Benito Di Fonzo
"For me," says Russian actor Vladimir Mashkov down the line from Moscow, "a real disaster was the man who died a couple of weeks ago: Crocodile Hunter."
"Yes, he's my favourite-in-the-world man, I have all the DVDs."
Perhaps he could play the Russian Crocodile Hunter.
"He's the only one in history for me. Please write, I want to play that part."
I'll start working on the script, then?
"I'm waiting, I'm prepared," he says with a hearty deep laugh. "I'll just go into the zoo to buy a big snake to do rehearsal with."
Until our Russian Crocodile Hunter gets off the ground, you'll have to settle for seeing Mashkov in three diverse roles at the Russian Resurrection film festival. They include a plump revolutionary in The Captain's Daughter, a terrorist in opening film Counsellor of the State and an action hero in the smash-hit Piranha.
Later this year Australians can see Mashkov opposite Robert De Niro in De Niro's Cold War flick, The Good Shepherd. De Niro will probably play De Niro playing De Niro, but you can never be sure what to expect from Mashkov.
"For me, first of all I must change myself, physically and mentally," he says. "I can't do two movies together, I can't go with the same face. For [The Captain's Daughter] I put on 20 kilos.
"I am from Stanislavsky school. My teacher Oleg Tabakov, most famous actor, director and teacher in Russia, he give me same advice Robert De Niro gave me: follow your instinct. All my life I lived in Siberia in Novosibirsk. That's very tough city, I saw a lot of different people with very strong character."
The late Irwin and Mashkov's other Australian friend, boxer Kostya Tszyu, epitomise the type of character he has made a career portraying in the former Soviet states.
"They are real men, because they have passion, they have destination," Mashkov says, deferring to the Russian word tsol or goal.
Mashkov's English is self-taught:
"I never learn English. I'm like man in the middle of river, somebody just put me in the water and I just swim."
Russian Resurrection organiser Nicholas Maksymow helps translate during the interview. Maksymow, born in Parramatta to a Russian escapee of a Nazi POW camp, says the Russian film industry "was certainly healthy in the old Soviet days". It took a few years to get back on its feet after the fall of communism, "[however] there were certain topics that were no-go zones".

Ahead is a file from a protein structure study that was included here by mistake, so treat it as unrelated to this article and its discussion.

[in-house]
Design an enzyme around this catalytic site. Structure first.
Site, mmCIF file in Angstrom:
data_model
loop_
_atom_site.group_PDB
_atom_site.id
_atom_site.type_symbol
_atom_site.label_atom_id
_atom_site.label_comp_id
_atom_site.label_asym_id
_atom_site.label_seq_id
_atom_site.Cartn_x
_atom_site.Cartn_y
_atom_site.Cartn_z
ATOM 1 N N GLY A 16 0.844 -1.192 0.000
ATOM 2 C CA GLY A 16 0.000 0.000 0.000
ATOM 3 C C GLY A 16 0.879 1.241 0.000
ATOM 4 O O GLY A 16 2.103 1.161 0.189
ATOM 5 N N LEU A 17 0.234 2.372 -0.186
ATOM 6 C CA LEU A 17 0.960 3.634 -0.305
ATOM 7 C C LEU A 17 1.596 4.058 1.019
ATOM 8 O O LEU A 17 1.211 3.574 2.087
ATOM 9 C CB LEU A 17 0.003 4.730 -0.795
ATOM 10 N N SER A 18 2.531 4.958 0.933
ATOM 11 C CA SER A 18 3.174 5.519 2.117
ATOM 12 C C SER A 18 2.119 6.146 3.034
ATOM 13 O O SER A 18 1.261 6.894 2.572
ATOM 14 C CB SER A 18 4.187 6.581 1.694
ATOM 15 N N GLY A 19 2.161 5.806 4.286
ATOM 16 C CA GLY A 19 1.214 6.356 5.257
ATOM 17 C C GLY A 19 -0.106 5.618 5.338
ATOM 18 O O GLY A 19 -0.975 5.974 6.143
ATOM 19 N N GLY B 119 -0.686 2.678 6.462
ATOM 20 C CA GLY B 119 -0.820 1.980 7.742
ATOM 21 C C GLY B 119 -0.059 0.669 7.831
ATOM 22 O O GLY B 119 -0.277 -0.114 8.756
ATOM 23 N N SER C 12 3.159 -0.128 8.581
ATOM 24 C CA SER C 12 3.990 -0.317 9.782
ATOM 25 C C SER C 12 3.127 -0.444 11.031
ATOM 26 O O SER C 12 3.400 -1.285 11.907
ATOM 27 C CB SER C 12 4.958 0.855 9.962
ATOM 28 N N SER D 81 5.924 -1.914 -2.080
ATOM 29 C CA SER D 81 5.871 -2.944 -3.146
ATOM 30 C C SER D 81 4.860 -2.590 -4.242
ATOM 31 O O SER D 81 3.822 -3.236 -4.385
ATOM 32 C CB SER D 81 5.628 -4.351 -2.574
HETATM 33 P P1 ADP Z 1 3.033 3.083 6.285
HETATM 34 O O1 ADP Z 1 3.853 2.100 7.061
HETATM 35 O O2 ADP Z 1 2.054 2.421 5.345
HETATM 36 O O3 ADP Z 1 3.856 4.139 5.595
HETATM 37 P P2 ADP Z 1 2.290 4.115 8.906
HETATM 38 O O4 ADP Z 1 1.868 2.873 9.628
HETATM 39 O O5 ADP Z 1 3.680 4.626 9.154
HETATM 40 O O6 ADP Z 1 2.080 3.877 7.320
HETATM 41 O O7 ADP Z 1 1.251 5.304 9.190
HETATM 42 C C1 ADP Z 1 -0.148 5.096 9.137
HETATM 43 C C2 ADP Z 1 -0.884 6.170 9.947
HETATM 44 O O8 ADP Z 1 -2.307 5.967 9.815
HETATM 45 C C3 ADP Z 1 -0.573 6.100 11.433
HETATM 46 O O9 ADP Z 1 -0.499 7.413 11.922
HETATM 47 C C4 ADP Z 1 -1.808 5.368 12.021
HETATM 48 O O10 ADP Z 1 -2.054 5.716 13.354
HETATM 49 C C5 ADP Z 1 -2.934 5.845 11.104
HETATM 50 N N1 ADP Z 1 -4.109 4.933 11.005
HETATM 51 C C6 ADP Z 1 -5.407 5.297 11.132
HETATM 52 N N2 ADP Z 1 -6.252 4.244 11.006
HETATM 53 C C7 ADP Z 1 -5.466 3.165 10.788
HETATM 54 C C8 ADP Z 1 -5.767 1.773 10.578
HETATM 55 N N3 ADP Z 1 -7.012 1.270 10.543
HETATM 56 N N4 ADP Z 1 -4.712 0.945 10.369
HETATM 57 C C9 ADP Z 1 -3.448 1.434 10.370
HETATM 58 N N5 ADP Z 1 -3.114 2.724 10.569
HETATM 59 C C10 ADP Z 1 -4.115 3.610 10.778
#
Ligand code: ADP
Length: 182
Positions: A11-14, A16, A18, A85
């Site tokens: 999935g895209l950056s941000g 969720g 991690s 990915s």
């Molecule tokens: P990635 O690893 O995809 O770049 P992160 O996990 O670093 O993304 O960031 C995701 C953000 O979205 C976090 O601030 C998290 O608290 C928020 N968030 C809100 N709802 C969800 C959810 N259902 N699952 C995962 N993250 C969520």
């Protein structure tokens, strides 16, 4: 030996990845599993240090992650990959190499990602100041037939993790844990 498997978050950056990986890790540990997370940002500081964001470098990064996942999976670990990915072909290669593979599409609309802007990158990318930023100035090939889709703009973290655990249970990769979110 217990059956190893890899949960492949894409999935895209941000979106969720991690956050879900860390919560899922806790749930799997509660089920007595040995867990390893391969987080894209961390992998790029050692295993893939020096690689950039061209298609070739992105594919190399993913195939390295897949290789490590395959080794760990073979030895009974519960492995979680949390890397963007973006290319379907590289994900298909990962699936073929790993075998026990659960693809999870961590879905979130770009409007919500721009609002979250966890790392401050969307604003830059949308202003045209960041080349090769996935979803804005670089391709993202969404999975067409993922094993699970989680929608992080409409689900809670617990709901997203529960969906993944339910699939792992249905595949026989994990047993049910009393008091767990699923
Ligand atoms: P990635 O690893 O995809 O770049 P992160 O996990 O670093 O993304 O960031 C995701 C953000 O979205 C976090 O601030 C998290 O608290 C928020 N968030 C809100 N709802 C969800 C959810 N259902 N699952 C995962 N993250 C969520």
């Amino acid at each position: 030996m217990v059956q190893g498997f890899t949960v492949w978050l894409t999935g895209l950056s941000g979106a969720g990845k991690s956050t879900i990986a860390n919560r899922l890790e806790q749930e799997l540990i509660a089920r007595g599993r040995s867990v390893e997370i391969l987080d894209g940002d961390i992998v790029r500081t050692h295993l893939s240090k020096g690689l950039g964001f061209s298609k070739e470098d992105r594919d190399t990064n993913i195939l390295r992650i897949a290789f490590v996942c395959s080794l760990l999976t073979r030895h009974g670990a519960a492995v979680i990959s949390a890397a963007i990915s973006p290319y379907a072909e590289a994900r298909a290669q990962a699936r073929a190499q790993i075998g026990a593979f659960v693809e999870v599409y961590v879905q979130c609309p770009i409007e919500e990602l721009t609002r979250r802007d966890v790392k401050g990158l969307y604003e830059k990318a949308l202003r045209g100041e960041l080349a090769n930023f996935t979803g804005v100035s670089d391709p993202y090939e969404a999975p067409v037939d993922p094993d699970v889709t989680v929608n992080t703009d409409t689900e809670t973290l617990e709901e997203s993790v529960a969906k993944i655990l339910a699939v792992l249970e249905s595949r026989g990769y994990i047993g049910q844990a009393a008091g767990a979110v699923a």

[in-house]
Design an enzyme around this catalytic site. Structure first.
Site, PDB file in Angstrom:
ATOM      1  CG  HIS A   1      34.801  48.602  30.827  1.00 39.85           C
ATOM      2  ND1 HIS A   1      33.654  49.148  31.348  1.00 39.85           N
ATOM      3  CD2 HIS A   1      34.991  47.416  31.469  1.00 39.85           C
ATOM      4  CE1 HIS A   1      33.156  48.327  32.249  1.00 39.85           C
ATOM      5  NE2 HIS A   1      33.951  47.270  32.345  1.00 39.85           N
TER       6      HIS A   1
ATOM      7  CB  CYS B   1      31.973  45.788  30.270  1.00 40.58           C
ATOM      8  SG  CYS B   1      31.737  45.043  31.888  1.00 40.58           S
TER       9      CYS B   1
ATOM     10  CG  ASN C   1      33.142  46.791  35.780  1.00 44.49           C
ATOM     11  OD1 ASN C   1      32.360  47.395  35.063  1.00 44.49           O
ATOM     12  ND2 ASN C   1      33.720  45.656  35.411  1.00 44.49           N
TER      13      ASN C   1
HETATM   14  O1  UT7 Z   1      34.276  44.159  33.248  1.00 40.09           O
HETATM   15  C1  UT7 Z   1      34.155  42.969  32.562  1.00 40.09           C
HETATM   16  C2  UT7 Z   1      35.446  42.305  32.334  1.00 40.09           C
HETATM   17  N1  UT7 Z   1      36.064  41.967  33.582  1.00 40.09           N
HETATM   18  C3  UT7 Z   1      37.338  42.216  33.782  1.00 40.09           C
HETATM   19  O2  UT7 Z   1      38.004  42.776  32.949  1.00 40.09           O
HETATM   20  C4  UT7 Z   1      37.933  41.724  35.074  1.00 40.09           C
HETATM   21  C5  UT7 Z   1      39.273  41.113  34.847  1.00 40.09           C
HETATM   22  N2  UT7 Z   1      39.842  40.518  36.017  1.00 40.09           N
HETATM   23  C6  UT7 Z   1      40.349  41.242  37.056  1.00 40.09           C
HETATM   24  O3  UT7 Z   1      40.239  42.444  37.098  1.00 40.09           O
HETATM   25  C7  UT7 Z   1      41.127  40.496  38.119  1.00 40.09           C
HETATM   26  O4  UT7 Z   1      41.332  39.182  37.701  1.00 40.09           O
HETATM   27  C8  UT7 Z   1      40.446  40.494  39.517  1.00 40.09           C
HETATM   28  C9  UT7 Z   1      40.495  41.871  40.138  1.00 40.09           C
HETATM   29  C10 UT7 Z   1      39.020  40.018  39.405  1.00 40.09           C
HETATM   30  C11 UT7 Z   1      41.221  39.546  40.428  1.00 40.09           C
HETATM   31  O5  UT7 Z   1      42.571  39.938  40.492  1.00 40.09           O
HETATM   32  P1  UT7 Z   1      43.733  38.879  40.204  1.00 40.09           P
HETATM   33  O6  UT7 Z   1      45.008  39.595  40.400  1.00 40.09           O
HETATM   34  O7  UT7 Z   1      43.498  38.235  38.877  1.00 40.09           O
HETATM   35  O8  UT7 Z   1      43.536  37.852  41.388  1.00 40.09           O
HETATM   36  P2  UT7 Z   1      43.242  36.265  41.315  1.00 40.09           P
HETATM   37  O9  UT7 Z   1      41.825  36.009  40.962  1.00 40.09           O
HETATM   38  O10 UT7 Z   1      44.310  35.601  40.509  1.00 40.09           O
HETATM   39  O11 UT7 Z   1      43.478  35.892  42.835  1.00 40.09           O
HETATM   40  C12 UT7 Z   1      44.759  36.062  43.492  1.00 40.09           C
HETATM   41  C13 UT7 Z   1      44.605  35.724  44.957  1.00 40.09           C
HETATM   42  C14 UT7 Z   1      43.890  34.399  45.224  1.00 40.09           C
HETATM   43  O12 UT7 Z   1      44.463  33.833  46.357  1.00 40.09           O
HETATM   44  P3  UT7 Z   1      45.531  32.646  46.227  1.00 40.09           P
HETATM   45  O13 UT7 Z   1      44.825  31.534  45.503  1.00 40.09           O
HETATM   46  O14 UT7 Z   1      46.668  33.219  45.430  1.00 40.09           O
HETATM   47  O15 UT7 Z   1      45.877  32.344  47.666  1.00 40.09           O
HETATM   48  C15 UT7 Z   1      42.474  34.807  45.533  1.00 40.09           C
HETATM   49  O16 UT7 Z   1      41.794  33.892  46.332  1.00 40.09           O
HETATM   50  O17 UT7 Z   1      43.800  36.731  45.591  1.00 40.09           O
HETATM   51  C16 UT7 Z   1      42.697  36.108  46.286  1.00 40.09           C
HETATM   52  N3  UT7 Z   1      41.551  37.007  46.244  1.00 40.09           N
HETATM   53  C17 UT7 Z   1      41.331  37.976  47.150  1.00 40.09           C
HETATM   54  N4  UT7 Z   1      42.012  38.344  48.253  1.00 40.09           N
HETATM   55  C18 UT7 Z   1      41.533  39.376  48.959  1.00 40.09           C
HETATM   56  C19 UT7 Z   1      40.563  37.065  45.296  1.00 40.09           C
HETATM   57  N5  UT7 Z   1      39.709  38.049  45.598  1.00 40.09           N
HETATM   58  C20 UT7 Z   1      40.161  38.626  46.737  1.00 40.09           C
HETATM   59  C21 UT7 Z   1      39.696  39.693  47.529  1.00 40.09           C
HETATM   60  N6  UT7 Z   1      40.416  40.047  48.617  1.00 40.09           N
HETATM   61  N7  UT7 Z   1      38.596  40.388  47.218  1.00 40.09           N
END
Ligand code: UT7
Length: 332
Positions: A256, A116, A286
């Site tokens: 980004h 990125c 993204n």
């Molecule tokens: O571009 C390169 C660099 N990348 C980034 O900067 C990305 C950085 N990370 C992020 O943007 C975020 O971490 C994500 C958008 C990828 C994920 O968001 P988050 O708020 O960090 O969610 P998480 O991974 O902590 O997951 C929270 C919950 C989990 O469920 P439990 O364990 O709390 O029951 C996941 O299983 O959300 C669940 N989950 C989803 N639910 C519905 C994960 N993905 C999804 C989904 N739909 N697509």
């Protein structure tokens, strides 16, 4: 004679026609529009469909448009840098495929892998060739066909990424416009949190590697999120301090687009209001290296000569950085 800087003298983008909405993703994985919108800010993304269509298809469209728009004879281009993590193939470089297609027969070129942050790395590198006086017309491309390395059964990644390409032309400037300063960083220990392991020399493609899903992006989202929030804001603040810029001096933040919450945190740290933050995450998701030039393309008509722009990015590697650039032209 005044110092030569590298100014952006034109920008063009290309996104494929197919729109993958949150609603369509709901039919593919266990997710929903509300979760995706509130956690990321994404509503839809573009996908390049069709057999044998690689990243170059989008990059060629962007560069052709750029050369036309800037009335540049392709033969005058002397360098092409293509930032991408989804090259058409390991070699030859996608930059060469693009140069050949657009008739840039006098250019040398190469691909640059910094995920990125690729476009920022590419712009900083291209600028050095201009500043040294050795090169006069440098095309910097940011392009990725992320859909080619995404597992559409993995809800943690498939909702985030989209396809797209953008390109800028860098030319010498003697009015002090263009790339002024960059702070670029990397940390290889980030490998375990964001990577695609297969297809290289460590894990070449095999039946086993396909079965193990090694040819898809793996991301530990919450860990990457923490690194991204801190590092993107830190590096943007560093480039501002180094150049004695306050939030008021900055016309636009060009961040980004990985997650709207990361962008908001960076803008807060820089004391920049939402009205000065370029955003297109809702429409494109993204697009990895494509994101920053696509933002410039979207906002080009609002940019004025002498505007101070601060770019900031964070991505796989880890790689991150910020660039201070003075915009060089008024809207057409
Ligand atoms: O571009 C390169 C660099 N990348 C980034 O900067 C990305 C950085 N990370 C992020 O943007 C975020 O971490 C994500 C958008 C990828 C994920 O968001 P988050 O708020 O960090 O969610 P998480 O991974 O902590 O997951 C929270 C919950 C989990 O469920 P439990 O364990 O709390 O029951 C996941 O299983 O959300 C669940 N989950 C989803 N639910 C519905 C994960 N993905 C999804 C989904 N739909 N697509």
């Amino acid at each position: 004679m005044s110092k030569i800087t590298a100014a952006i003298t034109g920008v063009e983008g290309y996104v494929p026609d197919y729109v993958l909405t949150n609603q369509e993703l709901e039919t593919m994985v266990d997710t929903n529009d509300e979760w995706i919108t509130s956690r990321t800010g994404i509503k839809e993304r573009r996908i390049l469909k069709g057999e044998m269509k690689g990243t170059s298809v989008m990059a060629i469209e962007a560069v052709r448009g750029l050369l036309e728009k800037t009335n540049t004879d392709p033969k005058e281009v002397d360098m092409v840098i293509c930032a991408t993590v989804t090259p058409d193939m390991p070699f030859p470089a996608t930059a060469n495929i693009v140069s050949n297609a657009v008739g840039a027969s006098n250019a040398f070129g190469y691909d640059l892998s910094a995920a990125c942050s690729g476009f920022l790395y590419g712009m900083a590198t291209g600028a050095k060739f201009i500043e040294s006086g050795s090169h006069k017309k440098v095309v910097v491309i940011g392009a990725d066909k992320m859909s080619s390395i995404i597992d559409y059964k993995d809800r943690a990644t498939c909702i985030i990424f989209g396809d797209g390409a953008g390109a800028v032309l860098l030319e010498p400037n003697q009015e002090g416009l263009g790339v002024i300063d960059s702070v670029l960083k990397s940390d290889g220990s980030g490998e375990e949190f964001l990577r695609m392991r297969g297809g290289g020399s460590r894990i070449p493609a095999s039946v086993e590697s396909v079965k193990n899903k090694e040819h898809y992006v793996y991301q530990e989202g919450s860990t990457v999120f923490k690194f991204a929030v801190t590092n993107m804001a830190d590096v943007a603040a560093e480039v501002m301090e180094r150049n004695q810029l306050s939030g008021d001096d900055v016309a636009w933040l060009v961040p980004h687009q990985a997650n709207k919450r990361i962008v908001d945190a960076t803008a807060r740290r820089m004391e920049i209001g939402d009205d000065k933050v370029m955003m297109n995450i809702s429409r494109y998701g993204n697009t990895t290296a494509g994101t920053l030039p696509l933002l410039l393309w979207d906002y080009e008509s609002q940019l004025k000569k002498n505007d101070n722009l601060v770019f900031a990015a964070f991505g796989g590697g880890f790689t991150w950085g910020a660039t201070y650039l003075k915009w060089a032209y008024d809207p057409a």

One taboo was Afghanistan, where Soviet troops were fighting the
US-backed mujahideen. The topic was powerfully covered in Ninth Company, last year's Russian box-office hit and part of the festival program.
"I think it rams home what's going on in Afghanistan and Iraq today,'' Maksymow says.
Other highlights are First On the Moon, a mockumentary about Russia winning the space race, and top heartstring-puller The Italian. There will be a retrospective of Andrei Tarkovsky's work, whose Solaris influenced filmmakers everywhere.
"What I think is strikingly different about Russian as opposed to Hollywood films is that they have a sense of realism," Maksymow says. "Most of the time they have sad endings."
Mashkov explains why: "Because Russians in real life don't trust happy endings. We think, 'After this happy ending something horrible!' Our country changes every three, four years."
Mashkov admits the Rambo-esque Piranha is Russia's attempt at Hollywood fluff: "You put your head in a freezer, grab a box of popcorn, sit and enjoy yourself."
Mashkov says that films such as The Captain's Daughter, based on the classic Alexander Pushkin novel, give us "the spirit of Russia". Which is?
He laughs heartily.
"When a person would give his last shirt on his back. The most important thing is that a Russian person never betrays anyone. That's what the spirit of Russia is, and that's the scariest thing in life: to know you've been betrayed."
I better get to work on that Irwin script, then.
Tuesday to October 1, Chauvel Cinema, Paddington,